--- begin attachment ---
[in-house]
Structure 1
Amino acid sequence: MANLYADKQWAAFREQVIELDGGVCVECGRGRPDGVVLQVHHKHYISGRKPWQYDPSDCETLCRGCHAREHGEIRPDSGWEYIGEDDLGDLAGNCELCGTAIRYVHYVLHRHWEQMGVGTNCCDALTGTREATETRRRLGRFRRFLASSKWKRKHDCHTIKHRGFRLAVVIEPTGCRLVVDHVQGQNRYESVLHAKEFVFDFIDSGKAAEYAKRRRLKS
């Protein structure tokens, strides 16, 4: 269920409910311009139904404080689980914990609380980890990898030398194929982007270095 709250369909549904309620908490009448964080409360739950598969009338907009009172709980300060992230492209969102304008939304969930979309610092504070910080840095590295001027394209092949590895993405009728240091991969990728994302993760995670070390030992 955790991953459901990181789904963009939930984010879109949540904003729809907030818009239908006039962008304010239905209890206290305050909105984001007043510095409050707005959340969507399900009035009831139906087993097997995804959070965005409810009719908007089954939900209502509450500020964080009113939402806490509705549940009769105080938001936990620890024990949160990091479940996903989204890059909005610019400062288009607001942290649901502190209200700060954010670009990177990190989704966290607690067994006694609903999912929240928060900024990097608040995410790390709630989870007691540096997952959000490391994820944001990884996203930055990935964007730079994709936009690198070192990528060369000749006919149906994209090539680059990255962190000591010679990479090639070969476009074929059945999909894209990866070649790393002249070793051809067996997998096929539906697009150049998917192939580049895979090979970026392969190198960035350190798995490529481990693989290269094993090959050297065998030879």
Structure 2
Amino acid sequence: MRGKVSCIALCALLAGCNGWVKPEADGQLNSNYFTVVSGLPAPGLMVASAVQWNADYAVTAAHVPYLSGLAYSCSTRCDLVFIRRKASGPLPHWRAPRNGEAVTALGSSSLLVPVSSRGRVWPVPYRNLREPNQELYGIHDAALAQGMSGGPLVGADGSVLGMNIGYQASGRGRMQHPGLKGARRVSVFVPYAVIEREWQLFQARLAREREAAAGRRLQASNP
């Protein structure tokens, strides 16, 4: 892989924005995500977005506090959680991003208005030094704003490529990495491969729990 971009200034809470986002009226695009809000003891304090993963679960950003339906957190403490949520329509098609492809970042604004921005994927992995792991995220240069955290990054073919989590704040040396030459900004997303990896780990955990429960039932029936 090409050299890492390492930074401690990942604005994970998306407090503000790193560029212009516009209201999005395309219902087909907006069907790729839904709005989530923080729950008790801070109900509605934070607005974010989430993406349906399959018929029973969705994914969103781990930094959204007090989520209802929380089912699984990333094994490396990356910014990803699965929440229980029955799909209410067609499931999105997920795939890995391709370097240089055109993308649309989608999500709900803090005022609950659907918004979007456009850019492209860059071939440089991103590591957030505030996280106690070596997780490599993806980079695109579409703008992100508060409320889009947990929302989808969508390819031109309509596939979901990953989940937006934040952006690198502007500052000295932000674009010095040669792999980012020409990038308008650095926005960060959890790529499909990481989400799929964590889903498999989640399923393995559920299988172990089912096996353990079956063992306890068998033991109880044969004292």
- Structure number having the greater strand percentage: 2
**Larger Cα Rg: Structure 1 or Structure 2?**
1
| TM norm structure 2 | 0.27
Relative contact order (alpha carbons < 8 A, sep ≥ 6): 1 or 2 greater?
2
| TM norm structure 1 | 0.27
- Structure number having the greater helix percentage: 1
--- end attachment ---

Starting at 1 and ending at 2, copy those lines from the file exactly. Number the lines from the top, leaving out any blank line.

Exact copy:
[in-house]
Structure 1